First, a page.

In 1930, German journalist Paul Scheffer observed about being in the presence of Joseph Stalin: "You feel at once that he is dangerous." So, too, do you instantly feel that the epic 20th-Century despot ably depicted by Robert Duvall in HBO's "Stalin" is someone to fear deeply. It lasts from the moment you meet him being rejected for World War I service in the czar's crumbling army until his death in 1953, surrounded by toadies at his dacha at Kuntsevo.
ENTERTAINMENT
August 2, 2003 | From Reuters
Soviet dictator Joseph Stalin was so outraged at the anti-communism of film star John Wayne that he plotted to have him murdered, according to a new biography of the American actor. "John Wayne -- The Man Behind the Myth" by British writer and actor Michael Munn says that there were several attempts in the late 1940s and early 1950s to kill the man known to audiences around the world as "Duke."
ENTERTAINMENT
March 5, 2003 | Kenneth Turan, Times Staff Writer
"L'Chayim, Comrade Stalin!" tells a cross-cultural story as dizzying as its title. Energetic and informative, albeit more than a little haphazard, Yale Strom's new documentary explores an unexpected aspect of the intertwined 20th century histories of the Soviet Union and the Jewish people.
NEWS
December 6, 1999 | MERLE RUBIN, SPECIAL TO THE TIMES
In a scene from Richard Lourie's novel "The Autobiography of Joseph Stalin," Stalin, not yet sole dictator of Soviet Russia but tirelessly working his way to the top of the new power structure, has been put in charge of ensuring that reluctant farmers in the south send their grain to feed hungry proletarians in the north. Stalin is a man who gets the job done, no matter what.
NEWS
July 2, 1999 | ANTHONY DAY, SPECIAL TO THE TIMES
The murder of the Soviet party chief in Leningrad, Sergei Kirov, on Dec. 1, 1934, led to one of the great crimes of modern history, Joseph Stalin's reign of terror in the Soviet Union that left enormous numbers dead, several million imprisoned in the grim labor camps and a vast nation numbed by fear into silence. "Who Killed Kirov?" asks the question that was on the minds of many Soviets from the very beginning.
CALIFORNIA | LOCAL
April 4, 1995 | JULIE FIELDS
In 1941, shortly after Hitler's troops invaded the Soviet Union, a young Russian interpreter in the Berlin embassy suddenly found himself both a diplomat and spy behind enemy lines. Assigned to negotiate the fate of Soviet citizens living in Berlin, Valentin M. Berezhkov could travel only under the watch of Hitler's S. S. guards. Still, he helped smuggle a suitcase containing a radio transmitter to an underground network of anti-Nazi Germans. "I was afraid the S. S.
NEWS
April 17, 1994 | SUSAN KING, TIMES STAFF WRITER
The sound stages at CBS Studios in Hollywood, the home of daytime game shows and soap operas, have quite literally been invaded by the lavish production "'World War II: When Lions Roared." The four-hour NBC drama stars three lions of the acting profession: Michael Caine as Joseph Stalin, Bob Hoskins as Winston Churchill and John Lithgow as Franklin Roosevelt. Written and produced by David W.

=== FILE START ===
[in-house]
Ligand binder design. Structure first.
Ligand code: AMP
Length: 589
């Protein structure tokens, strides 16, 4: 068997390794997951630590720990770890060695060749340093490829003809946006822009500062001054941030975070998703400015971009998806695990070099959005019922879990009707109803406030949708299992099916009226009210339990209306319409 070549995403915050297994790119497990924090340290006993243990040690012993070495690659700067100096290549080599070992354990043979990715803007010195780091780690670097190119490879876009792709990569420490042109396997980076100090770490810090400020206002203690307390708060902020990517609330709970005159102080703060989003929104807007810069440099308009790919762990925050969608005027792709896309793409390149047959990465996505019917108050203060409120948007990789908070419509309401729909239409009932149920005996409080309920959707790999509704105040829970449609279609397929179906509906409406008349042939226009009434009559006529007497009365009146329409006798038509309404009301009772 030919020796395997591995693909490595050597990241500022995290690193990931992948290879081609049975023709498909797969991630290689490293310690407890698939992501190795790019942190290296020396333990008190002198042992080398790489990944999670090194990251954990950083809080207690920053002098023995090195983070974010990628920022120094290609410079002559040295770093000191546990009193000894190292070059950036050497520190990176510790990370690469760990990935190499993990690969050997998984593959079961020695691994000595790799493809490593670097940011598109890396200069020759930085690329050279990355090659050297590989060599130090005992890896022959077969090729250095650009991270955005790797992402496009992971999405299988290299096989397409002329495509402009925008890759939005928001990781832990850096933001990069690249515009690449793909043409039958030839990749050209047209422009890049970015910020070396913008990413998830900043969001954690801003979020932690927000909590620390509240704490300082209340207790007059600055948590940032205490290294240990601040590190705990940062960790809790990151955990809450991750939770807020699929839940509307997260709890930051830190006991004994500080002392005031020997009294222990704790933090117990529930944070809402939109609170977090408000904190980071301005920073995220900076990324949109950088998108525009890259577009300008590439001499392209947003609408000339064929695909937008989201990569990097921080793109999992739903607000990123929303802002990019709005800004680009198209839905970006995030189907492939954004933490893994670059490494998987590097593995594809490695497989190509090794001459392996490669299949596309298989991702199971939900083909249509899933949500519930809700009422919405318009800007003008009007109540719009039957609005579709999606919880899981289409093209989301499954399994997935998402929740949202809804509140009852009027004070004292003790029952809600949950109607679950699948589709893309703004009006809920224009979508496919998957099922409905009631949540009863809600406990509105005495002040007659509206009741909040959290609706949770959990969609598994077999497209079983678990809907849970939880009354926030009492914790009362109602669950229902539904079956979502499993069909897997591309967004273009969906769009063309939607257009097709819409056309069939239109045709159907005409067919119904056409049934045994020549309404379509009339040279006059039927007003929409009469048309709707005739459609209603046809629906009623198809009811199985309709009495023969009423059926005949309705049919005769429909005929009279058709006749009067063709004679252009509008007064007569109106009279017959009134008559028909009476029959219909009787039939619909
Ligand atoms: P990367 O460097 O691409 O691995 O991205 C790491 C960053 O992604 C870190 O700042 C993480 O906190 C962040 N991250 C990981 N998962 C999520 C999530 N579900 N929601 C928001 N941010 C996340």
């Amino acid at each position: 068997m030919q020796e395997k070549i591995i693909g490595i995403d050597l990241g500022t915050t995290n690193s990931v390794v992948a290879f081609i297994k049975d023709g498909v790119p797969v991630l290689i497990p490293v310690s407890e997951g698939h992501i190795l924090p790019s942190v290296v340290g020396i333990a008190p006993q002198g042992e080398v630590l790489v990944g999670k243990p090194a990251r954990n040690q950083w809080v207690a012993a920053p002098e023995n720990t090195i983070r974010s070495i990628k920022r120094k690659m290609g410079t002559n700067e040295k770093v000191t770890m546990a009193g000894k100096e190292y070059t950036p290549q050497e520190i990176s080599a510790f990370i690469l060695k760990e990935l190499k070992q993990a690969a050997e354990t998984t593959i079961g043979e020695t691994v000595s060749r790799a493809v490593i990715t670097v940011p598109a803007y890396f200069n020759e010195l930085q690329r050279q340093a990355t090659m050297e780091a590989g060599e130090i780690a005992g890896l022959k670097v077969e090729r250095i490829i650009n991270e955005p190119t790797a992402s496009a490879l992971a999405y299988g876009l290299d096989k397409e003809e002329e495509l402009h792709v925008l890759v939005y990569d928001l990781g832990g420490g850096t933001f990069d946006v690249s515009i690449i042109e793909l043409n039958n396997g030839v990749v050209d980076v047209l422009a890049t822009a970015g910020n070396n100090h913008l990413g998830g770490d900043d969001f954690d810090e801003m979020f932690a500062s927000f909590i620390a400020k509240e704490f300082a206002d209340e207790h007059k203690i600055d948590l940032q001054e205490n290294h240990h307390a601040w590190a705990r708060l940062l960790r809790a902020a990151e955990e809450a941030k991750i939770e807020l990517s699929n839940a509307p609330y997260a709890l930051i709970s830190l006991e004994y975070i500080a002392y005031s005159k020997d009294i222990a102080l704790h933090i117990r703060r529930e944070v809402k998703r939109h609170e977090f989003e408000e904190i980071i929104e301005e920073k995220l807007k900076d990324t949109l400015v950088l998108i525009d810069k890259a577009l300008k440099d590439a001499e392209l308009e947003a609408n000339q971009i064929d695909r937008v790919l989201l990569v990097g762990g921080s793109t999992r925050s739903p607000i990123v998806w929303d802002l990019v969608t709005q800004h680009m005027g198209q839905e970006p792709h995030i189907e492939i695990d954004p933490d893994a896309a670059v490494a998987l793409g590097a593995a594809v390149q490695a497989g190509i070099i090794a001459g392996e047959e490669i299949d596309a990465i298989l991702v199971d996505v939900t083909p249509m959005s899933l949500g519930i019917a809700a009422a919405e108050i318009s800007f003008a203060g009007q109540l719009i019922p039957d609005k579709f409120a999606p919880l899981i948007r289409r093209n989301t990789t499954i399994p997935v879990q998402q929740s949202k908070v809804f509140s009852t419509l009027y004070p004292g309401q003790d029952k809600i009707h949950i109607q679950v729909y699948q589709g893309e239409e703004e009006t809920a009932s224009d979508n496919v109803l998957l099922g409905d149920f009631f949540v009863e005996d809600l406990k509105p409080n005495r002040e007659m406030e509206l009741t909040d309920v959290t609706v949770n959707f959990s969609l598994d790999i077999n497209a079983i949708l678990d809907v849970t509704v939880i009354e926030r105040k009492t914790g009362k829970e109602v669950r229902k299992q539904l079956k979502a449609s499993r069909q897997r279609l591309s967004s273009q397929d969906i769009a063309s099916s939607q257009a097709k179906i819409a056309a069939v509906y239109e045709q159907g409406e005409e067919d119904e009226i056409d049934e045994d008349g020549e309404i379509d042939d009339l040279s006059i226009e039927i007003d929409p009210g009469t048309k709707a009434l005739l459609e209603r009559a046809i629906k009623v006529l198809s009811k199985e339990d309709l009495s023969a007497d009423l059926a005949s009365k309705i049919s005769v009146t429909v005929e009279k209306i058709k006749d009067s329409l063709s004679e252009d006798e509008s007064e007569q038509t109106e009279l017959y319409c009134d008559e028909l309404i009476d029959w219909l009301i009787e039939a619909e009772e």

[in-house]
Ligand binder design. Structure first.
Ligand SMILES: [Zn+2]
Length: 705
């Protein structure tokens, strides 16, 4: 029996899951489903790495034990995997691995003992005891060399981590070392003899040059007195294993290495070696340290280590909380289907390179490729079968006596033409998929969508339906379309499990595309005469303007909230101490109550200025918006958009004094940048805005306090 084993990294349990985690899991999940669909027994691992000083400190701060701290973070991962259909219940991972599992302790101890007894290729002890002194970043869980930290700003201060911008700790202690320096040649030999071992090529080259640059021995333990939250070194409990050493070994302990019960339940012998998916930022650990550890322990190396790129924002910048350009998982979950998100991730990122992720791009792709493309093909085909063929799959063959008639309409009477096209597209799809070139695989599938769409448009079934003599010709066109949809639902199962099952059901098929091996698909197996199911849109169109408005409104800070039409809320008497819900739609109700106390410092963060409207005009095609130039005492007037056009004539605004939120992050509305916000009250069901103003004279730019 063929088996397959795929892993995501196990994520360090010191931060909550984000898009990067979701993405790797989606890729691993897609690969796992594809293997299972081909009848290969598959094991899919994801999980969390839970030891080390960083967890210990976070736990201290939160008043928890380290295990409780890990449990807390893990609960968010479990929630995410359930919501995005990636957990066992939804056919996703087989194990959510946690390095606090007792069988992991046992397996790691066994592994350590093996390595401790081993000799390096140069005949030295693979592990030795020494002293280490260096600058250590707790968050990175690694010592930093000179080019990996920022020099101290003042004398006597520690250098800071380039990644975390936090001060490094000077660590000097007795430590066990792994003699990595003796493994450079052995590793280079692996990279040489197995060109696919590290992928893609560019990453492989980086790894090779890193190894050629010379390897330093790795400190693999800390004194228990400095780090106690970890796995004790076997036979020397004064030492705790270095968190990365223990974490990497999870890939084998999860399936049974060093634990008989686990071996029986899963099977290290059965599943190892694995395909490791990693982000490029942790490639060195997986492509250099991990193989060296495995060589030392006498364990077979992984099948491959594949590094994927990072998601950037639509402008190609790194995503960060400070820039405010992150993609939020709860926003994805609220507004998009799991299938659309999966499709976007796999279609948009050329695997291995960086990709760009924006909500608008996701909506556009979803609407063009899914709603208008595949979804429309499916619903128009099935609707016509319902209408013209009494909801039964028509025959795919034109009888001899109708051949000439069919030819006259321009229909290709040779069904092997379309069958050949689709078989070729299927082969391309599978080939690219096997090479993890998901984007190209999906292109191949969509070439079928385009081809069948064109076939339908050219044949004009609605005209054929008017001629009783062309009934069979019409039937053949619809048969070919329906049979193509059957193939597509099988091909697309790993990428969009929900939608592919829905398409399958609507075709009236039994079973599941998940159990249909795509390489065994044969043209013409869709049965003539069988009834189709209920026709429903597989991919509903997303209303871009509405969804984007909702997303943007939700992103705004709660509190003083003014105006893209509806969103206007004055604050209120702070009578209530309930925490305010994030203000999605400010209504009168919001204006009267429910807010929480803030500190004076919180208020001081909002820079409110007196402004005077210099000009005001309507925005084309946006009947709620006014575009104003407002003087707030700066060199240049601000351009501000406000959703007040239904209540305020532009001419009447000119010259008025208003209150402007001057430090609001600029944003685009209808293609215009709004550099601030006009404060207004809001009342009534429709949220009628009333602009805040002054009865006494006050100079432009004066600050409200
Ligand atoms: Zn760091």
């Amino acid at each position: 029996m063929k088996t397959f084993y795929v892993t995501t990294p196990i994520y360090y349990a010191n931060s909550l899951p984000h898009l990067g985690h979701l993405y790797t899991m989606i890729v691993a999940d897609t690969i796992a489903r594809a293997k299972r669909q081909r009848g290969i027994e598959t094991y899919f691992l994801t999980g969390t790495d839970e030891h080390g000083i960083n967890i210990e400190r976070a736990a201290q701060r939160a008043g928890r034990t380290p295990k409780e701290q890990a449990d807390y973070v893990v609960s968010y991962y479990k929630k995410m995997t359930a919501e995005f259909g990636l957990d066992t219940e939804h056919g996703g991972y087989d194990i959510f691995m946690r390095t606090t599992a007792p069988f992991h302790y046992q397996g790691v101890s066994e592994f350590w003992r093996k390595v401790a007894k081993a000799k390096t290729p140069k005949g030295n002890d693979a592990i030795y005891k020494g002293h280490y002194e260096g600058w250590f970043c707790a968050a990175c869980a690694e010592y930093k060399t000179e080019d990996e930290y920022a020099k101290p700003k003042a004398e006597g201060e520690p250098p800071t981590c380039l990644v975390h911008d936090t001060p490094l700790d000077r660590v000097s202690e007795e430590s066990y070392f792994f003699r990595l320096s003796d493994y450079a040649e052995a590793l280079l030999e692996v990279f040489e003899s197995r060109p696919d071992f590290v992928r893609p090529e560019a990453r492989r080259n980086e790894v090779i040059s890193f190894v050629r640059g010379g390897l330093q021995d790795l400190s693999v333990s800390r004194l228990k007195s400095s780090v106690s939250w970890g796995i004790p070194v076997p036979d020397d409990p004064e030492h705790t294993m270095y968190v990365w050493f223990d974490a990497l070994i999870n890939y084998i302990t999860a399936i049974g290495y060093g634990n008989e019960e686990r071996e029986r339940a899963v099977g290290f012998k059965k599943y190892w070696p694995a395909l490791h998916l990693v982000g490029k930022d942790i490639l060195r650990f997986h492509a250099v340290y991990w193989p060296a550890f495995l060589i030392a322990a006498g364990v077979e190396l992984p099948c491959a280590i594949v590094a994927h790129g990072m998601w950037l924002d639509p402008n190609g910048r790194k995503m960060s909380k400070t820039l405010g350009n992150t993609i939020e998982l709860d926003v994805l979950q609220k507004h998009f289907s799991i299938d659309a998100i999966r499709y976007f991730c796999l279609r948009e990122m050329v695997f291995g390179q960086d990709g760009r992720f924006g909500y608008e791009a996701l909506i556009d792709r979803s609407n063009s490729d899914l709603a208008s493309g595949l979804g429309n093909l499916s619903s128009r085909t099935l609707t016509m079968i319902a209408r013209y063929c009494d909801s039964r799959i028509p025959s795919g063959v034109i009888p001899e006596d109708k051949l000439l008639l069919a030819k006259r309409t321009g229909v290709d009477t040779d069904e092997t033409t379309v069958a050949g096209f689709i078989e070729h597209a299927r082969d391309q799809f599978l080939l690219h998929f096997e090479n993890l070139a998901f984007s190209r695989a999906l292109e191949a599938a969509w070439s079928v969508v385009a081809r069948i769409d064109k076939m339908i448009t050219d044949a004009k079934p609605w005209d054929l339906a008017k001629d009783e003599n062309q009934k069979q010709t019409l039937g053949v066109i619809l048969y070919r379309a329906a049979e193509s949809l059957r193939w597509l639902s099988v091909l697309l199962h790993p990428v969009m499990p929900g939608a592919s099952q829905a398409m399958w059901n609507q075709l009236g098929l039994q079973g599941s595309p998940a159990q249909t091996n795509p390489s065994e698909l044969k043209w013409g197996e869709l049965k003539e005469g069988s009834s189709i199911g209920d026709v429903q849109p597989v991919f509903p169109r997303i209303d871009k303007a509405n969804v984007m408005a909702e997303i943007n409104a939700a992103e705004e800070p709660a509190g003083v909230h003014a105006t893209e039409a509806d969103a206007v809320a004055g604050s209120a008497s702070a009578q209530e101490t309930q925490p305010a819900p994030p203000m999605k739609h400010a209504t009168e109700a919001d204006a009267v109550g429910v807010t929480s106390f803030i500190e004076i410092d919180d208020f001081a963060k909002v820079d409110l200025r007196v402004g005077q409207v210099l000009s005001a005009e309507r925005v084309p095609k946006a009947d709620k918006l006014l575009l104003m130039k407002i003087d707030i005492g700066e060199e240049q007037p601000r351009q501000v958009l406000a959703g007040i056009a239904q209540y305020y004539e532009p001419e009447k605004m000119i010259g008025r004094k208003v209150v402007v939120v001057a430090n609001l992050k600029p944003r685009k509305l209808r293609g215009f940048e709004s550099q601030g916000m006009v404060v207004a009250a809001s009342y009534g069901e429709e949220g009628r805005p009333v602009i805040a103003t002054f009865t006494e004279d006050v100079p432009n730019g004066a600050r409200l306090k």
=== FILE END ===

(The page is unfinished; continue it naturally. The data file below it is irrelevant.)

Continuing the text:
NEWS
April 17, 1994 | SUSAN KING, TIMES STAFF WRITER
The sound stages at CBS Studios in Hollywood, the home of daytime game shows and soap operas, have quite literally been invaded by the lavish production "'World War II: When Lions Roared." The four-hour NBC drama stars three lions of the acting profession: Michael Caine as Joseph Stalin, Bob Hoskins as Winston Churchill and John Lithgow as Franklin Roosevelt. Written and produced by David W.
ENTERTAINMENT
March 5, 2003 | Kenneth Turan, Times Staff Writer
"L'Chayim, Comrade Stalin!" tells a cross-cultural story as dizzying as its title. Energetic and informative, albeit more than a little haphazard, Yale Strom's new documentary explores an unexpected aspect of the intertwined 20th century histories of the Soviet Union and the Jewish people.
ENTERTAINMENT
November 20, 1992 | HOWARD ROSENBERG
In 1930, German journalist Paul Scheffer observed about being in the presence of Joseph Stalin: "You feel at once that he is dangerous." So, too, do you instantly feel that the epic 20th-Century despot ably depicted by Robert Duvall in HBO's "Stalin" is someone to fear deeply. It lasts from the moment you meet him being rejected for World War I service in the czar's crumbling army until his death in 1953, surrounded by toadies at his dacha at Kuntsevo.
ENTERTAINMENT
July 17, 1991 | ALEENE MacMINN, Arts and entertainment reports from The Times, national and international news services and the nation's press
Upcoming on HBO: Oscar winner Robert Duvall will portray Soviet leader Joseph Stalin in an upcoming HBO miniseries that will go into production in October in Moscow and Budapest. . . . The pay cable service also announced Tuesday that "Godfather of Soul" James Brown and rap star M. C. Hammer will be featured on the first segment of HBO's new music series, "Influences," debuting in September.